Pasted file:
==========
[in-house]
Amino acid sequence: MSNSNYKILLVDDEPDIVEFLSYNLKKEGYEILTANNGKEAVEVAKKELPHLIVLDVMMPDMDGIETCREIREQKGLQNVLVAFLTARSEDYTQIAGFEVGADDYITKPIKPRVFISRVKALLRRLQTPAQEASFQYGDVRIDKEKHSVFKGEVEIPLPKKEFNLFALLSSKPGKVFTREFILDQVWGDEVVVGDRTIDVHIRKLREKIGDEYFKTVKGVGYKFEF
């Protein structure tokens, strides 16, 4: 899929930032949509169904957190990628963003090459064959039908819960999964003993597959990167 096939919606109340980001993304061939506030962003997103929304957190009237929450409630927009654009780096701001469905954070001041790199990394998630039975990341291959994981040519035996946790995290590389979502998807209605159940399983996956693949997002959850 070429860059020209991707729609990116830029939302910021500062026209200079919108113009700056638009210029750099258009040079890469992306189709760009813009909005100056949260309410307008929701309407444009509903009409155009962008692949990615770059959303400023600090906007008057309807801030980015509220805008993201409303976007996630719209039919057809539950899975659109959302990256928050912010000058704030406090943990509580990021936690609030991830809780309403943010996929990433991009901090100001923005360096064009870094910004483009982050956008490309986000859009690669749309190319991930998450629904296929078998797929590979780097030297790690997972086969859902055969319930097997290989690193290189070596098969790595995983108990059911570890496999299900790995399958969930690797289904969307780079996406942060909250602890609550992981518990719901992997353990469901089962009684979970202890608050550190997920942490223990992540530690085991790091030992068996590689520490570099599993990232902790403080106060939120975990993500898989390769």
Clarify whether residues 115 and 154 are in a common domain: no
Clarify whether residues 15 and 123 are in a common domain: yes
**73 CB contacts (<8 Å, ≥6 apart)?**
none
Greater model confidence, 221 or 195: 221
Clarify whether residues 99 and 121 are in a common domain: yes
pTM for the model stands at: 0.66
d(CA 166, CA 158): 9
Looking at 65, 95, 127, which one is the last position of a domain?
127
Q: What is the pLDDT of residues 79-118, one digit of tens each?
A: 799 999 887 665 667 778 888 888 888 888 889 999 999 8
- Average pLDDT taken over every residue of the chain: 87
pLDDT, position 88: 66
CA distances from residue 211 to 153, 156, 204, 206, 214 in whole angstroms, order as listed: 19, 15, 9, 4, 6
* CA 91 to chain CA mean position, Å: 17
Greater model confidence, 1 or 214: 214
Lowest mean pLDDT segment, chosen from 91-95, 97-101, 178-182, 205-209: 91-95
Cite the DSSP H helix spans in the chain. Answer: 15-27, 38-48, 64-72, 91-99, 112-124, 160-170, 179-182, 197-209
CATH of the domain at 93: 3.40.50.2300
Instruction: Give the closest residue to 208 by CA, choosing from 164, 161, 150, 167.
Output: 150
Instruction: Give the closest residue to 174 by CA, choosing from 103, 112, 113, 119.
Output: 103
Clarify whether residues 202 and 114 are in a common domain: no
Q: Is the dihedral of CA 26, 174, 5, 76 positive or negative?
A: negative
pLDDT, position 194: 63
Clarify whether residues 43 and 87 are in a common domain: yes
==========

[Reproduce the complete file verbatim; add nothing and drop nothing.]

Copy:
[in-house]
Amino acid sequence: MSNSNYKILLVDDEPDIVEFLSYNLKKEGYEILTANNGKEAVEVAKKELPHLIVLDVMMPDMDGIETCREIREQKGLQNVLVAFLTARSEDYTQIAGFEVGADDYITKPIKPRVFISRVKALLRRLQTPAQEASFQYGDVRIDKEKHSVFKGEVEIPLPKKEFNLFALLSSKPGKVFTREFILDQVWGDEVVVGDRTIDVHIRKLREKIGDEYFKTVKGVGYKFEF
């Protein structure tokens, strides 16, 4: 899929930032949509169904957190990628963003090459064959039908819960999964003993597959990167 096939919606109340980001993304061939506030962003997103929304957190009237929450409630927009654009780096701001469905954070001041790199990394998630039975990341291959994981040519035996946790995290590389979502998807209605159940399983996956693949997002959850 070429860059020209991707729609990116830029939302910021500062026209200079919108113009700056638009210029750099258009040079890469992306189709760009813009909005100056949260309410307008929701309407444009509903009409155009962008692949990615770059959303400023600090906007008057309807801030980015509220805008993201409303976007996630719209039919057809539950899975659109959302990256928050912010000058704030406090943990509580990021936690609030991830809780309403943010996929990433991009901090100001923005360096064009870094910004483009982050956008490309986000859009690669749309190319991930998450629904296929078998797929590979780097030297790690997972086969859902055969319930097997290989690193290189070596098969790595995983108990059911570890496999299900790995399958969930690797289904969307780079996406942060909250602890609550992981518990719901992997353990469901089962009684979970202890608050550190997920942490223990992540530690085991790091030992068996590689520490570099599993990232902790403080106060939120975990993500898989390769």
Clarify whether residues 115 and 154 are in a common domain: no
Clarify whether residues 15 and 123 are in a common domain: yes
**73 CB contacts (<8 Å, ≥6 apart)?**
none
Greater model confidence, 221 or 195: 221
Clarify whether residues 99 and 121 are in a common domain: yes
pTM for the model stands at: 0.66
d(CA 166, CA 158): 9
Looking at 65, 95, 127, which one is the last position of a domain?
127
Q: What is the pLDDT of residues 79-118, one digit of tens each?
A: 799 999 887 665 667 778 888 888 888 888 889 999 999 8
- Average pLDDT taken over every residue of the chain: 87
pLDDT, position 88: 66
CA distances from residue 211 to 153, 156, 204, 206, 214 in whole angstroms, order as listed: 19, 15, 9, 4, 6
* CA 91 to chain CA mean position, Å: 17
Greater model confidence, 1 or 214: 214
Lowest mean pLDDT segment, chosen from 91-95, 97-101, 178-182, 205-209: 91-95
Cite the DSSP H helix spans in the chain. Answer: 15-27, 38-48, 64-72, 91-99, 112-124, 160-170, 179-182, 197-209
CATH of the domain at 93: 3.40.50.2300
Instruction: Give the closest residue to 208 by CA, choosing from 164, 161, 150, 167.
Output: 150
Instruction: Give the closest residue to 174 by CA, choosing from 103, 112, 113, 119.
Output: 103
Clarify whether residues 202 and 114 are in a common domain: no
Q: Is the dihedral of CA 26, 174, 5, 76 positive or negative?
A: negative
pLDDT, position 194: 63
Clarify whether residues 43 and 87 are in a common domain: yes